Discovery and saturation analysis of cancer genes across 21 tumor types

Nature (Impact Factor: 41.46). 01/2014; 505(7484). DOI: 10.1038/nature12912
Source: PubMed


Although a few cancer genes are mutated in a high proportion of tumours of a given type (>20%), most are mutated at intermediate frequencies (2-20%). To explore the feasibility of creating a comprehensive catalogue of cancer genes, we analysed somatic point mutations in exome sequences from 4,742 human cancers and their matched normal-tissue samples across 21 cancer types. We found that large-scale genomic analysis can identify nearly all known cancer genes in these tumour types. Our analysis also identified 33 genes that were not previously known to be significantly mutated in cancer, including genes related to proliferation, apoptosis, genome stability, chromatin regulation, immune evasion, RNA processing and protein homeostasis. Down-sampling analysis indicates that larger sample sizes will reveal many more genes mutated at clinically important frequencies. We estimate that near-saturation may be achieved with 600-5,000 samples per tumour type, depending on background mutation frequency. The results may help to guide the next stage of cancer genomics.

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    • "However, not all of these mutations prove to be relevant for malignancy. Melanomas have a median of 13‐17 mutations per Mbp of DNA, the highest frequency among 21 cancer types analyzed (The Cancer Genome Atlas Network, 2015; Hodis et al., 2012; Lawrence et al., 2014), even without considering rearrangements, copy‐number alterations and epigenetic changes. These mutations predominantly carry the signature of ultraviolet light mutagenesis (Hodis et al., 2012). "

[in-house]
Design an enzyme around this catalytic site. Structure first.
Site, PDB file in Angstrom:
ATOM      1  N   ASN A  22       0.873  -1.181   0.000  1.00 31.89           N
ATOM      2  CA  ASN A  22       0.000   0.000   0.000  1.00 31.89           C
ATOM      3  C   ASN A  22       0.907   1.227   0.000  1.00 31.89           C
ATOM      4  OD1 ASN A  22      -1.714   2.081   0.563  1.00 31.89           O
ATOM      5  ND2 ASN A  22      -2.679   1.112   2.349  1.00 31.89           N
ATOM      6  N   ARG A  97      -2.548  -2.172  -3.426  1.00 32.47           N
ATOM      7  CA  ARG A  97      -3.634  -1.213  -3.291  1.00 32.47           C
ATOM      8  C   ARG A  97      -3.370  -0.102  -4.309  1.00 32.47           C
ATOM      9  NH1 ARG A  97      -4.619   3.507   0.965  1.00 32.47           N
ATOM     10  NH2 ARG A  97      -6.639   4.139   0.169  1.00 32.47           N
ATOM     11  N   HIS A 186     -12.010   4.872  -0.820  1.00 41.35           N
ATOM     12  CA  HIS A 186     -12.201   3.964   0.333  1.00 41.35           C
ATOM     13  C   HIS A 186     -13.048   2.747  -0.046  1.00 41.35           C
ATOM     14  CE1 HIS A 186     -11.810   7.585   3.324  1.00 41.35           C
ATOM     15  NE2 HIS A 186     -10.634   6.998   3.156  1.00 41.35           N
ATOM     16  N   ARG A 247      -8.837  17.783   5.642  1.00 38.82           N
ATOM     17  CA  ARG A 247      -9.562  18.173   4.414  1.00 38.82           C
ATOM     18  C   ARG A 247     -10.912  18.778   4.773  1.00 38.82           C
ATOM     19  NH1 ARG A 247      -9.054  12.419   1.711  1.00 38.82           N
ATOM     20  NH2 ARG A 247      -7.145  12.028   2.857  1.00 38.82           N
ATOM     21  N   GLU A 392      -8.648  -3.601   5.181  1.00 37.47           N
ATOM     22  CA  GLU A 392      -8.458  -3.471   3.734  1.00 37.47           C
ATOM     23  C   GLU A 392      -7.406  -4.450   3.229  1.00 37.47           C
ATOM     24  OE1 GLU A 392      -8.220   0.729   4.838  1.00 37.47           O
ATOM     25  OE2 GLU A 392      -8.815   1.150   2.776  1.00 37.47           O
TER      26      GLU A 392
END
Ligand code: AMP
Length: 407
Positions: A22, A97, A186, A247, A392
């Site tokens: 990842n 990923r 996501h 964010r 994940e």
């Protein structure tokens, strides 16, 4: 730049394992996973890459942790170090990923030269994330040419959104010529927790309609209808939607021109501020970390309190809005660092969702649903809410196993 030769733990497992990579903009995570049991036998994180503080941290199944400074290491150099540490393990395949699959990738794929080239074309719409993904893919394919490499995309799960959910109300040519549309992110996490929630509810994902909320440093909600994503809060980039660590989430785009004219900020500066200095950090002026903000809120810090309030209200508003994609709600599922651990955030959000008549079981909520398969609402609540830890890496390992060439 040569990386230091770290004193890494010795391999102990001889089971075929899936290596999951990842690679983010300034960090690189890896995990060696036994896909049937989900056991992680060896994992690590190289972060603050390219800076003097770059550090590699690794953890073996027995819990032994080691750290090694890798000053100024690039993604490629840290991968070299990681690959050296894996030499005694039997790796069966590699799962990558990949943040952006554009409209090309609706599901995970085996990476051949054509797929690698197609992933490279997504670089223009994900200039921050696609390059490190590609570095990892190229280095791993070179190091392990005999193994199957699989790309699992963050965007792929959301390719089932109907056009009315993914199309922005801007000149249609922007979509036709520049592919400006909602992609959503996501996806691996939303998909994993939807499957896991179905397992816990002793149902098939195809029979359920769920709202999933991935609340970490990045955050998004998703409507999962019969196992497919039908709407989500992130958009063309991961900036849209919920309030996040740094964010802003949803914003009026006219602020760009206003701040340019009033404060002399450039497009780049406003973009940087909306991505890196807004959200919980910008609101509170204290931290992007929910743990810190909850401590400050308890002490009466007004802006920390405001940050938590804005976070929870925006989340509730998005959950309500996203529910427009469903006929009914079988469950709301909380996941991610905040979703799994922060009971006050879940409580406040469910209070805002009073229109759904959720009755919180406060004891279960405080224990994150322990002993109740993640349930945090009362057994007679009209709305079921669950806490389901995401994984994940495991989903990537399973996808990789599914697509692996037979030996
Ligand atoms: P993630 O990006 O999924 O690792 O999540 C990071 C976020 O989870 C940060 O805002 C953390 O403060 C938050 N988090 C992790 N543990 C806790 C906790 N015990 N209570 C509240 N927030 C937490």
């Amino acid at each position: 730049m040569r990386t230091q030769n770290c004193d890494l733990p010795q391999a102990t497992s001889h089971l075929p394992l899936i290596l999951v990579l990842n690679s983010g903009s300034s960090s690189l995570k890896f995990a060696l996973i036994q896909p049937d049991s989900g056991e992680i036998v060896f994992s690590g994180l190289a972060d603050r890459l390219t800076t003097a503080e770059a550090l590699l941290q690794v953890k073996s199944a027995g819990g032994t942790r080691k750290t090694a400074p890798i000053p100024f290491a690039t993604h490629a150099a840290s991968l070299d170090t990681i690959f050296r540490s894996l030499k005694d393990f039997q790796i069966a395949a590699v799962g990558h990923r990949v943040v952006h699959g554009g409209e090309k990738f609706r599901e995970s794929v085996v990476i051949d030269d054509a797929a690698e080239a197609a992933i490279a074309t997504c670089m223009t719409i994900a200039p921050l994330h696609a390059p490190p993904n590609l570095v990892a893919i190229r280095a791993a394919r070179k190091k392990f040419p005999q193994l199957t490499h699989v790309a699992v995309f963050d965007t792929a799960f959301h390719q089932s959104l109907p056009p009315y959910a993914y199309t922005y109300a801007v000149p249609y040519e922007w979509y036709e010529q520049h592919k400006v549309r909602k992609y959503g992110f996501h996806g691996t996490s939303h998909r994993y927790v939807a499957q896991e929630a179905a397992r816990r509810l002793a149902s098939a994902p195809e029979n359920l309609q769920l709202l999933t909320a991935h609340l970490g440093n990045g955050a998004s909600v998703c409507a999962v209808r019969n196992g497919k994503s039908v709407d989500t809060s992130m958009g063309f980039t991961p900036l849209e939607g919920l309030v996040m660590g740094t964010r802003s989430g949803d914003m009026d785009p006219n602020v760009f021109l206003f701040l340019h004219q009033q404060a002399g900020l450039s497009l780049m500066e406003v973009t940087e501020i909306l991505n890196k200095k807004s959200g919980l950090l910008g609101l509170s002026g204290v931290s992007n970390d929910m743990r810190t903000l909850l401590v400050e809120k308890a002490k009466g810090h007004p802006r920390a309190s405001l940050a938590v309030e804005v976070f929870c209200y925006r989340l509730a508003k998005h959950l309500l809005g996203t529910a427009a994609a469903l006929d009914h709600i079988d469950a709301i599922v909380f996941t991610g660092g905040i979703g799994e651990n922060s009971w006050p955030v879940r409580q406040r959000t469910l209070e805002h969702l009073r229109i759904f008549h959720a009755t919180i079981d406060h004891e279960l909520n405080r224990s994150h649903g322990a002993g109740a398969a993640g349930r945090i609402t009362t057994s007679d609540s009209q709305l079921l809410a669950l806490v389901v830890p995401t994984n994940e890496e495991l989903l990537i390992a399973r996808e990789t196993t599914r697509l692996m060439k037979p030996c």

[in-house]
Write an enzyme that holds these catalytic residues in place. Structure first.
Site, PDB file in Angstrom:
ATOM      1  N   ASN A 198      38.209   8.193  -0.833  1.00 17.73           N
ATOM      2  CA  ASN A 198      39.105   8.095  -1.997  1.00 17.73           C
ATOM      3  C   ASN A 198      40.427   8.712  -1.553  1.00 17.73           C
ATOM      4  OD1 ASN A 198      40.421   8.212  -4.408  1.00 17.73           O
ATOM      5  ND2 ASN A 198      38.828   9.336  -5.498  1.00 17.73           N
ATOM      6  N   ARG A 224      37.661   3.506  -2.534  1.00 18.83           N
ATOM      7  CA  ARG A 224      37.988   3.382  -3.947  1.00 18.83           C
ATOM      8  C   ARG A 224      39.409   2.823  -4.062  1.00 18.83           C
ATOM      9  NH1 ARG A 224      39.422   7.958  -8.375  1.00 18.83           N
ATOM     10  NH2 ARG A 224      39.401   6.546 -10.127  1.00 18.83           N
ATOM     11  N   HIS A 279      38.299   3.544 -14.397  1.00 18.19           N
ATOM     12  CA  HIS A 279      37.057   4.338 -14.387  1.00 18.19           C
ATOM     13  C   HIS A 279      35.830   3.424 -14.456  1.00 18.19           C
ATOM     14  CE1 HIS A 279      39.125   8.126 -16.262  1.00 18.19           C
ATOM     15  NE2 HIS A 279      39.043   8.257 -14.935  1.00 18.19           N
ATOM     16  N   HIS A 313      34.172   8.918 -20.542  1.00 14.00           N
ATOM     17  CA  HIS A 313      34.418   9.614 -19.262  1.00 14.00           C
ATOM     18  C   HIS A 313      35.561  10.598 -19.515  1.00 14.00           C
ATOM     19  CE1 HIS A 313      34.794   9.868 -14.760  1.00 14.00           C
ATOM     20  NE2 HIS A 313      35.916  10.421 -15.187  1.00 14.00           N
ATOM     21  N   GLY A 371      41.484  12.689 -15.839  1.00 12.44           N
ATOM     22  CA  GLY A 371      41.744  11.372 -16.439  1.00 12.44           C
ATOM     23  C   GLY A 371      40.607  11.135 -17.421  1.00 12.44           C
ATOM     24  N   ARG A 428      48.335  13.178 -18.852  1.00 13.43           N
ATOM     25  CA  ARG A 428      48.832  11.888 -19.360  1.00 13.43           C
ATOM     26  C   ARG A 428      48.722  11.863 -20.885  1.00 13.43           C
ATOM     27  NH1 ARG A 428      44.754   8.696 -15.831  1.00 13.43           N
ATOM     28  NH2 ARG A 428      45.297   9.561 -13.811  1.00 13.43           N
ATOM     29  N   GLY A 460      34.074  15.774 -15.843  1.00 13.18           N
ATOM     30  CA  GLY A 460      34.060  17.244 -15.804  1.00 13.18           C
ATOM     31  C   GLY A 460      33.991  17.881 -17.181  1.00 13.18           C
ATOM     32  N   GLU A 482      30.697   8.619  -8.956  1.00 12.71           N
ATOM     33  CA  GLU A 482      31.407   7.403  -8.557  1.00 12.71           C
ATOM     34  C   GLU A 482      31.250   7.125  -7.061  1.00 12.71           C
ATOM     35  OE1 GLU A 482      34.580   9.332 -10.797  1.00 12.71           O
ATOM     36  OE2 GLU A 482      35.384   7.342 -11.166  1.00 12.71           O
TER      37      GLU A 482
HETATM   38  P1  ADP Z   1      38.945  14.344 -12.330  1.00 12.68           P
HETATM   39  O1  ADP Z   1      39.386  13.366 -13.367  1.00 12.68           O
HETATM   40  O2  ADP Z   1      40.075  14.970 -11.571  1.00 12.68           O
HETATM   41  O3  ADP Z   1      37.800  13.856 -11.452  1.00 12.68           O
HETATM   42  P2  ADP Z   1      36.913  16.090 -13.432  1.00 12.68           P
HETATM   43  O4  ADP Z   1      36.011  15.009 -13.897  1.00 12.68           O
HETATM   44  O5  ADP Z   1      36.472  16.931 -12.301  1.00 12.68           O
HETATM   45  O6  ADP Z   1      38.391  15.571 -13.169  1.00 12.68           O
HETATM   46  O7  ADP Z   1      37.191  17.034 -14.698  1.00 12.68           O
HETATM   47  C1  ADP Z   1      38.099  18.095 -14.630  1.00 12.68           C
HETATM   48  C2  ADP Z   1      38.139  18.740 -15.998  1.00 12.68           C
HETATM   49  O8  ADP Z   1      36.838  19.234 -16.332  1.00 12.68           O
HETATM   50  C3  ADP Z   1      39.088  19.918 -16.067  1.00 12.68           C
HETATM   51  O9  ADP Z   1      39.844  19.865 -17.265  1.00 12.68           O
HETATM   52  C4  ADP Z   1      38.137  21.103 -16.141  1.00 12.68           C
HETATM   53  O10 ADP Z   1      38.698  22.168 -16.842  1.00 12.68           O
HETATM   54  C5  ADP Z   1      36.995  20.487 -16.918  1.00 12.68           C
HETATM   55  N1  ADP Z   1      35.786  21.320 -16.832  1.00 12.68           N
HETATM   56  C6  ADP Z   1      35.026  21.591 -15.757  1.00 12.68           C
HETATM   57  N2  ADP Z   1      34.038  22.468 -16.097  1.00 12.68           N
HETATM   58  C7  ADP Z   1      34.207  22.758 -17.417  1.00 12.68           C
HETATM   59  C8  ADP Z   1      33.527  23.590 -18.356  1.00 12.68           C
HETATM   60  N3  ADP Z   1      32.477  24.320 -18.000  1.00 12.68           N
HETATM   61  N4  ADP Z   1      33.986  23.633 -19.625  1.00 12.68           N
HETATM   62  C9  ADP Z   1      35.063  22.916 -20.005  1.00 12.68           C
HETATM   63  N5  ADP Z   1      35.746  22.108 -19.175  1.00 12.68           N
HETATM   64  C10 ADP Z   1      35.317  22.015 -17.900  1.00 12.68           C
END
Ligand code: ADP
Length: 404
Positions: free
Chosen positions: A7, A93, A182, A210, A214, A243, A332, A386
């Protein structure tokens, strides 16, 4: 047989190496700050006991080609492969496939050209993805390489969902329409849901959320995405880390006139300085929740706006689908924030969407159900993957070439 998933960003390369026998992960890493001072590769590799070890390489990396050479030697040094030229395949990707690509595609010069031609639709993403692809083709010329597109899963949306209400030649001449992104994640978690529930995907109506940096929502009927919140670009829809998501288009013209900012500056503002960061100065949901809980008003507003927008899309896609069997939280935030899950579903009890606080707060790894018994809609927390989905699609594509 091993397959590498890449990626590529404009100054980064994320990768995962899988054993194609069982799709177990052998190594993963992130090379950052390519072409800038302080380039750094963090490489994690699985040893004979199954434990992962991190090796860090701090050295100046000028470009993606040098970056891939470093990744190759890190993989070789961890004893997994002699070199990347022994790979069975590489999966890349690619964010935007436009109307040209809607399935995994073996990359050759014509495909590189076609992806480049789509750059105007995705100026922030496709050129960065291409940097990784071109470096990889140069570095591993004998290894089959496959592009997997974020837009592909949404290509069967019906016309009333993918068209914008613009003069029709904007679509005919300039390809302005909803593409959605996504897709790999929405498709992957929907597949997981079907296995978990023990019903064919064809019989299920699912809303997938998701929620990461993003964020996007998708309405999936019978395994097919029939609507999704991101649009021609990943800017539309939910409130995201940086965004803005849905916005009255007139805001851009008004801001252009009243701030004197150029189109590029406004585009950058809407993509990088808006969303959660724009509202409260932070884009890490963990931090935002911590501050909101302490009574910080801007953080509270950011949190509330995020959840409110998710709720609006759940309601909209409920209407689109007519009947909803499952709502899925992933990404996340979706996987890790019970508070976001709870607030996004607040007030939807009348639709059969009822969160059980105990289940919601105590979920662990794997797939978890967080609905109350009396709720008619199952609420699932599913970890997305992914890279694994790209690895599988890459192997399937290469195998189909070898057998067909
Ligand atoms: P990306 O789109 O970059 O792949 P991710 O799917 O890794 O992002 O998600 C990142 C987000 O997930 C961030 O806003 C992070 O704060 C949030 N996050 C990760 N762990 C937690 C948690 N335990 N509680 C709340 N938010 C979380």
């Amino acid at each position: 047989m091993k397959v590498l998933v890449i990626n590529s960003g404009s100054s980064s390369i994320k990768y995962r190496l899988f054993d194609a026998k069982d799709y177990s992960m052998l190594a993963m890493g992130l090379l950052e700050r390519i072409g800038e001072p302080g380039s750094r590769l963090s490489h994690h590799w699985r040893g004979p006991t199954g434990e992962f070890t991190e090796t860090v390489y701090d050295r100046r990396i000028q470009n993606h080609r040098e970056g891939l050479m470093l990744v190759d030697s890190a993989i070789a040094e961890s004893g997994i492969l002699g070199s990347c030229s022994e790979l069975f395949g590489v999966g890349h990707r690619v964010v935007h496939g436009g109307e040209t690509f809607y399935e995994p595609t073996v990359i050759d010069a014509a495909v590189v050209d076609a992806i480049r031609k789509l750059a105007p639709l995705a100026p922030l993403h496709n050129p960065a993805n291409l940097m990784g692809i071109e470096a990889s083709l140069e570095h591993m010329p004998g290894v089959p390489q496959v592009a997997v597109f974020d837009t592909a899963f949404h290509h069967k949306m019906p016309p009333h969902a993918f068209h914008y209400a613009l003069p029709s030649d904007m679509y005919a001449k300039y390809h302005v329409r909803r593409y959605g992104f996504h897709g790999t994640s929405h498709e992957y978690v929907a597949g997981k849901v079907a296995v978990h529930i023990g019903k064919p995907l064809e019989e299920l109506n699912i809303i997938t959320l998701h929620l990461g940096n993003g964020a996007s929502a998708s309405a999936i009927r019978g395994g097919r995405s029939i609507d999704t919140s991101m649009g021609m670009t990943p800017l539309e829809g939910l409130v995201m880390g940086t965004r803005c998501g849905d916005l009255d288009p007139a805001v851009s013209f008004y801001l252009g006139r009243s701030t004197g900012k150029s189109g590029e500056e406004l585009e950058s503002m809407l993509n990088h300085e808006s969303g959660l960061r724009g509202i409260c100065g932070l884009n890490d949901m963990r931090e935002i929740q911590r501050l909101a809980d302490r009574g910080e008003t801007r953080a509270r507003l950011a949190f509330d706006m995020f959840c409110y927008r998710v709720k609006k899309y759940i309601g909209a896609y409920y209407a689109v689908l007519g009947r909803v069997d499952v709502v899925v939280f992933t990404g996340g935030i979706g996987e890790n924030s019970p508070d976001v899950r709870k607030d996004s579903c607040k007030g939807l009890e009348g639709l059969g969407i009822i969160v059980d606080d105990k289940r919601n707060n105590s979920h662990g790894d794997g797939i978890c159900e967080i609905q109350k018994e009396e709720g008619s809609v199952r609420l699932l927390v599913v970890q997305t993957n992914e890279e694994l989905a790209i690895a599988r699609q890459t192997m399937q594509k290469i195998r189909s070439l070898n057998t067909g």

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    • "Point mutations are believed to be less contributory in prostate carcinogenesis, with exome sequencing discovering a relatively low mutational frequency of 0.3–5 per Mb (Taylor et al, 2010; Barbieri et al, 2012; Grasso et al, 2012). In a saturation analysis of point mutations, small mutations across multiple tumour types, only four significantly mutated genes were discovered from the prostate cancer data set; SPOP (found in 10.1% of samples), TP53 (3.6%), ATM (2.2%) and MED12 (3.6%; Lawrence et al, 2014). When the prostatic data set was compared with cancer genes from the other 20 cancer types an additional two significantly mutated genes were detected, FOXA1 (2.9%) and COL5A1 (2.2%). "
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